Tiny bare feet pounded toward me. I understood the sound of her running like a mother knows the reason for her baby's cry. She was frightened. I raised my head from where I bent over a cheese grater in one hand and chunk of cheddar in another, put both down, hastily wiped my hands on a towel in time to turn toward the little body that face-planted hard into my legs. Her arms encircled me knee-high and held on tight. The pale face buried against me was squeezed into an eye-shut grimace. Bending over, my hands under her armpits, I pulled her up into a tight embrace and waited until the howling sirens outside our apartment passed.
When my child was afraid, something in me melted. Perhaps it mirrored some of my own emotions, because I also feared. I feared not being adequate to meet the myriad of mommy demands and decisions each day brought. I was anxious about messing up. I worried about her "turning out," because in the Christian community I was a part of, turning out was the sum of parenting success. And, I was scared a siren might belong to us someday.
I carried her to the rocking chair, fixed her comfortably on my lap and let its rhythm soothe.
"Did the siren scare you, Amee?" I asked.
She pulled back to look at me and nodded, then pushed her golden head against me again.
"Pray with her," a friend had advised in a mother exchange of what-should-I-do-about-this problem. The eerie wail of an ambulance or police car whizzing by upset her little boy too.
"And so, we pray," she'd said simply. Then with a laugh, "It hasn't helped yet, but it's a good idea."
It was a good idea.
"When you hear a siren, it means someone is hurt or sick," I said. "The siren means help is coming. But we can help too. You know what we can do? We can pray for them.
Amee's eyes moved up to mine and she smiled.
"Be anxious for nothing, but in everything, by prayer and supplication with gratitude, make your requests known to God" (Phil. 4:6).
Insignificant mommy moments can have monumental import.
Scripture tells us to pray about everything. When prayer is part of our natural communication and reactions, our children see we have a secure place to take our deepest emotions. They learn early from us about our own attitude toward prayer. What they pick up may not be exactly what we hope to communicate.
An assessment of my prayer approach can reveal what my child is absorbing.
- Does my child see me pray only when things are bad?
- Do I resort to prayer to manipulate God or get what I want?
- Do I really connect with God, or is it merely show?
- Do I truly believe He is concerned about the smallest details of my life?
- Do I release burdens or worry or try to fix things on my own?
- Are my prayers deeper than a fix-it solution?
- Do my prayers communicate submission to God's will in difficulties?
- Does the focus of my prayer center on an easier life?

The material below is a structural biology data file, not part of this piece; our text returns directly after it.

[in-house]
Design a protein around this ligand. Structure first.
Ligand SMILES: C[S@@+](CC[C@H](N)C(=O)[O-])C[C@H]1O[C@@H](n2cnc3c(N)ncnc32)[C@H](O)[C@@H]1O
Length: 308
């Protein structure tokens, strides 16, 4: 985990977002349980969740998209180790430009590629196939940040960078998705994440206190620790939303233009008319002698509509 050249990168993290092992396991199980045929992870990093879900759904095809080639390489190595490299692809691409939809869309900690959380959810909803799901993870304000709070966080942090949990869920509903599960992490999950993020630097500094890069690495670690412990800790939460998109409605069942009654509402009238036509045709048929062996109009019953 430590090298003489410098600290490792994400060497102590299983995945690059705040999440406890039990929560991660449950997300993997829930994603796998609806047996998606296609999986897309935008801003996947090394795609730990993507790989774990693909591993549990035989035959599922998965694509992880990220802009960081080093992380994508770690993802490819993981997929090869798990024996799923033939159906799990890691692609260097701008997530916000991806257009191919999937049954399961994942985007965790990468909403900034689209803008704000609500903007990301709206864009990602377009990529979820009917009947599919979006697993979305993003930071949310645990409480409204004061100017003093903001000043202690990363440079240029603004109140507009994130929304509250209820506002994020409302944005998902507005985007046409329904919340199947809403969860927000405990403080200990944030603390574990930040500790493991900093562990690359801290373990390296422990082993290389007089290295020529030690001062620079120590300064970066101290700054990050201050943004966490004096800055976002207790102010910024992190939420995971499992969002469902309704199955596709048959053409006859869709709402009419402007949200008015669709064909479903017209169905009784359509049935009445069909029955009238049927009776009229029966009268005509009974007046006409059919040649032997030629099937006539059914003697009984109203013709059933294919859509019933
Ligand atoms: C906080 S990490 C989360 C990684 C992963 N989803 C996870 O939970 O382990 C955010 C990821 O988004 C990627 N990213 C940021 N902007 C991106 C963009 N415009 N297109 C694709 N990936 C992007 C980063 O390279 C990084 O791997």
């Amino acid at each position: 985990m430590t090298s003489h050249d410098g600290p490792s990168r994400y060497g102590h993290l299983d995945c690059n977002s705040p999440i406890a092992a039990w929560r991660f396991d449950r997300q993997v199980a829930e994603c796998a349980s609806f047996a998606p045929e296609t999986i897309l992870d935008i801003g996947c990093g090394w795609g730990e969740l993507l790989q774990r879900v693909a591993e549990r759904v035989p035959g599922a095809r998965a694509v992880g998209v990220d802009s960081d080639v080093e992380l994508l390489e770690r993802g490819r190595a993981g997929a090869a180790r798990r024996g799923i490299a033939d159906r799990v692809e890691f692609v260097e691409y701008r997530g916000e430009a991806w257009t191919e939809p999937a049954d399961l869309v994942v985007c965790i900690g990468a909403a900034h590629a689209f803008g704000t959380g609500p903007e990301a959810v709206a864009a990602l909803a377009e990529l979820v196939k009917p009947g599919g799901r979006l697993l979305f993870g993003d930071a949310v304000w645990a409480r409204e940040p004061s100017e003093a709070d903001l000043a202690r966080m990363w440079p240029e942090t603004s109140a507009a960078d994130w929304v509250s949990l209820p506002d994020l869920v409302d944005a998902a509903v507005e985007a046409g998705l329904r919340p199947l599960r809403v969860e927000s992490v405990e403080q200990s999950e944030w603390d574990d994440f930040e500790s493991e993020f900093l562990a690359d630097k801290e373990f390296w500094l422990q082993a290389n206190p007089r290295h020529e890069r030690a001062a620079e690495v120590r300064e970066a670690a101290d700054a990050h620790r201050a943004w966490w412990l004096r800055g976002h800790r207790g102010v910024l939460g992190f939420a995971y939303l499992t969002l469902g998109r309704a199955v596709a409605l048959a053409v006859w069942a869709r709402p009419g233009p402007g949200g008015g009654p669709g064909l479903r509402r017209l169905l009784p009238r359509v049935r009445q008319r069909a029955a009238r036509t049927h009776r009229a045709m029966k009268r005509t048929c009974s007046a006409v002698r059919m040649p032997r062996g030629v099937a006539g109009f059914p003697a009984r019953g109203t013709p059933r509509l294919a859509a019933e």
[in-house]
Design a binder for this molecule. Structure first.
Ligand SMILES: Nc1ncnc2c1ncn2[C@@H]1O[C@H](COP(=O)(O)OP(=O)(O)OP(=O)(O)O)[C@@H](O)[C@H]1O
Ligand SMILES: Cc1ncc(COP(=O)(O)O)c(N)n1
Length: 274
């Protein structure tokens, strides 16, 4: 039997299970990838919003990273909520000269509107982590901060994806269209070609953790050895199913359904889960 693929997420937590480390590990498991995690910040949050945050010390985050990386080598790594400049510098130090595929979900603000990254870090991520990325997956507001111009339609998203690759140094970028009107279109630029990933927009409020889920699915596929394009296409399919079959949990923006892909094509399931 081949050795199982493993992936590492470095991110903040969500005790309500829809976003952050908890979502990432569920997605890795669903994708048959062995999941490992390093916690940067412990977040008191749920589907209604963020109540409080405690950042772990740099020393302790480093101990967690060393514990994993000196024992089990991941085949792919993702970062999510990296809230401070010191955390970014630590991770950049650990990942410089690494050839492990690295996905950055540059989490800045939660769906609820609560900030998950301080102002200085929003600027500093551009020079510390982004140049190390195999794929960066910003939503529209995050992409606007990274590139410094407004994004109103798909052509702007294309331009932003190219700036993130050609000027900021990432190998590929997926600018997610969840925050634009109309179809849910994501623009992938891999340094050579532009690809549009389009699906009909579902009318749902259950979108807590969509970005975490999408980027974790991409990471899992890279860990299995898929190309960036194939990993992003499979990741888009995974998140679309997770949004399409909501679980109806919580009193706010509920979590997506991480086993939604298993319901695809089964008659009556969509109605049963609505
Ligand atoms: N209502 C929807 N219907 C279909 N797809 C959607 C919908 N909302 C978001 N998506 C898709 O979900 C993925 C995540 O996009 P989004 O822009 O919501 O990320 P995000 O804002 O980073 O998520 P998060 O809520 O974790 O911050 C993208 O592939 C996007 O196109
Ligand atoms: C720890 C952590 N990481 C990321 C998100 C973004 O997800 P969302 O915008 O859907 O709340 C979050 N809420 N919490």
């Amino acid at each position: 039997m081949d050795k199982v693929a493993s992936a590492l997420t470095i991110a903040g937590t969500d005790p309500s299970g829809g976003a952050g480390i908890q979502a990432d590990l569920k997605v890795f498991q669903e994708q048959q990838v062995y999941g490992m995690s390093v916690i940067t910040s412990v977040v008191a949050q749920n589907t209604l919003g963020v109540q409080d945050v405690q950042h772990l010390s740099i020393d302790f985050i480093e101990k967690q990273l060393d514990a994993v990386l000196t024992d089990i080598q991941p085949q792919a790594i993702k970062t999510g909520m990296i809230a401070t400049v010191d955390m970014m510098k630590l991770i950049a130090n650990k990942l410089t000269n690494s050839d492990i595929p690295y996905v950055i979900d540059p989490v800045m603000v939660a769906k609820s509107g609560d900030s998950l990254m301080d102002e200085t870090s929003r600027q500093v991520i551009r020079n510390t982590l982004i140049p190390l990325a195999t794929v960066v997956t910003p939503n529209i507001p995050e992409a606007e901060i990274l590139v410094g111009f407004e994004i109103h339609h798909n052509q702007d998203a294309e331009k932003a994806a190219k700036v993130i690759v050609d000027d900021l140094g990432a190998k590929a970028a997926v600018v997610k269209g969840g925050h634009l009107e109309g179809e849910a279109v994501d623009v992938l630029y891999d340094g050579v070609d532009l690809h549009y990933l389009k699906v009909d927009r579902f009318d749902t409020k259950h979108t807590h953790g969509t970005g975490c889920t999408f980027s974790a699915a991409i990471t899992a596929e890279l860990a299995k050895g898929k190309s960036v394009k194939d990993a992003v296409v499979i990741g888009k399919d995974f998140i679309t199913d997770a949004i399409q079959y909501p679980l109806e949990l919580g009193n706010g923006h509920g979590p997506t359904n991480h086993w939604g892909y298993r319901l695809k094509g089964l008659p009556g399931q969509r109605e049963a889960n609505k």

- Do my prayers demonstrate dependence on God for all aspects, even things I feel I can do on my own?
- Do I pray more for myself or others?
My friend's wise counsel moved my daughter's focus from herself to the needs of another.
Amee folded pudgy little fingers. I folded mine over hers.
"Dear Jesus," she started, "Help somebody get better."
A few hours later, my phone rang. It was my best friend. I knew immediately something was wrong.
"Michael got pinned between two cars," she told me.
"Is he OK?"
"He's in the hospital. They want to make sure there are no internal injuries, but it looks like he will be fine."
I felt the shiver of goosebumps.
"When did it happen?" I asked.
"After lunch, about 2 p.m."
I mapped out the route in my mind from the parking lot where the accident took place to the nearest hospital. I glanced at the clock on the wall, remembering the siren. Amee's soft prayer whispered in my memory. We had prayed for Michael. He had been inside the ambulance. It was his siren we heard as he was rushed to the hospital.
Amee played at my feet. She concentrated on a pile of blocks rising before her, oblivious of the mighty armies of heaven. She had long ago forgotten the frightening noise of a siren screaming past our house. I felt awe and shame. Shame at my lack of depth in prayer. I recognized my motives to be more to change my daughter's response than in recognition of the sovereign God to whom the prayer was lifted. I felt awe at the mighty hand of God, ever ready to teach, care and love His children, both young and old.
Sometimes we feel we are teaching blindly, without seeing or knowing if our efforts produce fruit. But obedience is never inconsequential.
My little girl is grown. I'm not sure if she remembers the siren or the fear, but I haven't forgotten the powerful object lesson of a tender God in the everyday call of mommyhood.
Sylvia Schroeder serves as Women's Care Coordinator at Avant Ministries. She and her husband raised four children in Italy and Germany, where they were missionaries with Avant. Their children are all married, and they have 12 grandchildren. Visit her blog, "When the House is Quiet," at sylviaschroeder.com.
This article originally appeared at just18summers.com.
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